Which is a bit of a tautology. If you’re wearing purple pants, you are a de facto clown. And not a scary, nightmare-fodder clown. A clown like Shakespeare would have wrote about. A buffoon from, well, not the country in the modern case, but rather from some enclave in the city where they have Brooks Brothers stores and where women smile warmly and not in mockery when walking next to someone wearing purple pants. Although I am not 100% sure that the female model in this ad is not laughing at the model in the purple pants.
I’ll not be shopping there, thank you. I’m holding out hope that George Zimmmer hasn’t loaded Men’s Wearhouse with these things so I don’t have to deal with them in the event that I buy a good suit in the near future. I’d hate to have to (and by hate to I mean “would really love to but would be conflicted by the expense of”) go to London to get a real bespoke suit.
So my six-year-old asked me about cannibalism the other day. I’m not sure how it came up; maybe he was talking to Marc or something. More likely, he’d heard something about it at school, since he got the idea that some people practiced it. “What state do they eat their enemies?” he asked.
“They don’t do that in any state; it’s a bad thing, and there are better things to eat then people.” That’s standard Daddy lectures about natural history and whatnot. Then the Brian J. lectures about history kicked in, and the misinformation commenced.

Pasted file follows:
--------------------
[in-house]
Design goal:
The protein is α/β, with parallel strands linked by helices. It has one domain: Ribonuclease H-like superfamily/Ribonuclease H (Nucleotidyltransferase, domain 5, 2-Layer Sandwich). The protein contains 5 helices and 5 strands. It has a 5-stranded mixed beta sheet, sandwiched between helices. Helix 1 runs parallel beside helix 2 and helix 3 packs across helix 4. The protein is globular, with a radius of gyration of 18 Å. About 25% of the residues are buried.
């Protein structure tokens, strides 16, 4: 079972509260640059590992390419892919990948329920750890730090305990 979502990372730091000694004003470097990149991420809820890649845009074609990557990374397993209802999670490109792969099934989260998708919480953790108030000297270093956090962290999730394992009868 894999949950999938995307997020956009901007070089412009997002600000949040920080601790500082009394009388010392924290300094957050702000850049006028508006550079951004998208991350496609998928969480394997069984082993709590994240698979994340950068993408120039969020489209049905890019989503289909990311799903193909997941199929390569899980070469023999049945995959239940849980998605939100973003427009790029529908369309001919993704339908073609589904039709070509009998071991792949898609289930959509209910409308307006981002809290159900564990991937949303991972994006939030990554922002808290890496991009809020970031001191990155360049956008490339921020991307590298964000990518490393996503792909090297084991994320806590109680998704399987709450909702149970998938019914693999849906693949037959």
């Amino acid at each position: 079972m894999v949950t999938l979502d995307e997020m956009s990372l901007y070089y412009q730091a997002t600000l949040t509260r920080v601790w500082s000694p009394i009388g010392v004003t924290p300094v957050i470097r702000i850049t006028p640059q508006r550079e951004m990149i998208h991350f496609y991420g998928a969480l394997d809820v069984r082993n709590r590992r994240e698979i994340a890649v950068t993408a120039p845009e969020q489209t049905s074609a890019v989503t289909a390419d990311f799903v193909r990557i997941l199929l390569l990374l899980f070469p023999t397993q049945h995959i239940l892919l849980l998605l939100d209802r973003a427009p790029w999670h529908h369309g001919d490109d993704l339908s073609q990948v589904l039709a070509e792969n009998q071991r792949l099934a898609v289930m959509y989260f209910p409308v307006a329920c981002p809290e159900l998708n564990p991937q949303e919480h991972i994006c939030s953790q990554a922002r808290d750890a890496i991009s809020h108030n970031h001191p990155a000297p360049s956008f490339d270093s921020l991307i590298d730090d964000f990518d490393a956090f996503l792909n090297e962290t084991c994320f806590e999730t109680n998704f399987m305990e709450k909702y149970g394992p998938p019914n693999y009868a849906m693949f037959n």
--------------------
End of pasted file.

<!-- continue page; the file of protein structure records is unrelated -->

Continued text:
“Did you know that cannibalism and Canada share the same root word?” I asked.
I don’t know why I do that to the poor lad; he trusts me, well, at least as far as possible, and now he’s got the notion that Canadians are cannibals.
On the other hand, there’s not a lot of ways that could go wrong. Certainly, we’ve never had Patch, my Canadian co-pilot from my testing days, over for an actual meal and probably won’t any time soon, so the boy won’t worry about what’s in the pasta’s meat sauce.
And, on the other hand, it could actually benefit the boy if, after the disintegration of civilization, the Manitoban tribe comes raiding out of the frozen steppes. He and his family will fight to the last to avoid that fate worse than mere death.
Given the tone and type of look of this book, one can’t help but think of Rod McKuen. In tone, both are about aging poets in love with their own poetry and their role as poets, both talk about relationships coming and going and the heady starts of them and the different ways the relationships end, many of them with disappointment.
But, interestingly, Kavanaugh has a different background than McKuen: He was a priest who wrote a 1967 book about how the Church should change in all the ways that they say now that the Republican Party should change. In a speech at Notre Dame, he tore off his clerical collar and stomped on it and became, ten years later, the poet that he is in this book. His interest in marriage didn’t end with one wife, apparently, and one assumes he had other women between them. (According to his bio at the James Kavanaugh Institute.)